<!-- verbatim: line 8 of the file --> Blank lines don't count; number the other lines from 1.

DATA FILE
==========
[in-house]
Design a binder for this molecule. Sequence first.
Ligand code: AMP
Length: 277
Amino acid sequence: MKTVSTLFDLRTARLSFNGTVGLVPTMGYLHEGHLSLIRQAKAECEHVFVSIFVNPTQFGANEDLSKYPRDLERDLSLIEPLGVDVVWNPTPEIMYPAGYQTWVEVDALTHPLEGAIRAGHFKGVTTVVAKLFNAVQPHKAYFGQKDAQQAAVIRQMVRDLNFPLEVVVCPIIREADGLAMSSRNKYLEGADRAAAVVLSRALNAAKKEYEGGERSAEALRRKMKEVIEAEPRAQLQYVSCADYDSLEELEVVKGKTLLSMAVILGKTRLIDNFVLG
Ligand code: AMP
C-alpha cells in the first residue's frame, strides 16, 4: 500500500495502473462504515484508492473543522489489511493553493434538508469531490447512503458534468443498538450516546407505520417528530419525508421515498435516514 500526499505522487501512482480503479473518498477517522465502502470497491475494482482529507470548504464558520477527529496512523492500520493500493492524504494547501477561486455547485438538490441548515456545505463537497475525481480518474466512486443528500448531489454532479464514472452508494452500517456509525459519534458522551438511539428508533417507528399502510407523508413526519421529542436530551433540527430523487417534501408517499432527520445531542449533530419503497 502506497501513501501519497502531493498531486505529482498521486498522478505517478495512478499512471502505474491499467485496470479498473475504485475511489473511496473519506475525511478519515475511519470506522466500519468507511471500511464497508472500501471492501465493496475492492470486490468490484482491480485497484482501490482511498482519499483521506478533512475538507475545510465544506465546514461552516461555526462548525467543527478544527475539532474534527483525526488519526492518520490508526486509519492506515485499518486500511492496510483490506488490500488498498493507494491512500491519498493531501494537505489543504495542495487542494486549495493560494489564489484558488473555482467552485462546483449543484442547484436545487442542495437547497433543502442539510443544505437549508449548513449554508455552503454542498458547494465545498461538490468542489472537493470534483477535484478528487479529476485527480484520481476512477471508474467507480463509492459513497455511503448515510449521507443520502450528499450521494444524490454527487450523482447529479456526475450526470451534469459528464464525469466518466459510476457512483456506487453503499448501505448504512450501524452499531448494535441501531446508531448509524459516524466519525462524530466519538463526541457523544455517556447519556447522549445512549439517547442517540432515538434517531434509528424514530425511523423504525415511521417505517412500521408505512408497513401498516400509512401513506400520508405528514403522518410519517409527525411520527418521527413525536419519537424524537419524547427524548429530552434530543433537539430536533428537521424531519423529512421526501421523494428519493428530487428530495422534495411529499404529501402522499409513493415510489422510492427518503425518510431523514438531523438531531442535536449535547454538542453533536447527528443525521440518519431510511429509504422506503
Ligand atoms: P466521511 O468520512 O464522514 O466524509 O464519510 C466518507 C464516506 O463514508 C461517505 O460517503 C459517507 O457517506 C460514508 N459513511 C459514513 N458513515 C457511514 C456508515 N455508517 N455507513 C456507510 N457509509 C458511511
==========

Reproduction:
Ligand atoms: P466521511 O468520512 O464522514 O466524509 O464519510 C466518507 C464516506 O463514508 C461517505 O460517503 C459517507 O457517506 C460514508 N459513511 C459514513 N458513515 C457511514 C456508515 N455508517 N455507513 C456507510 N457509509 C458511511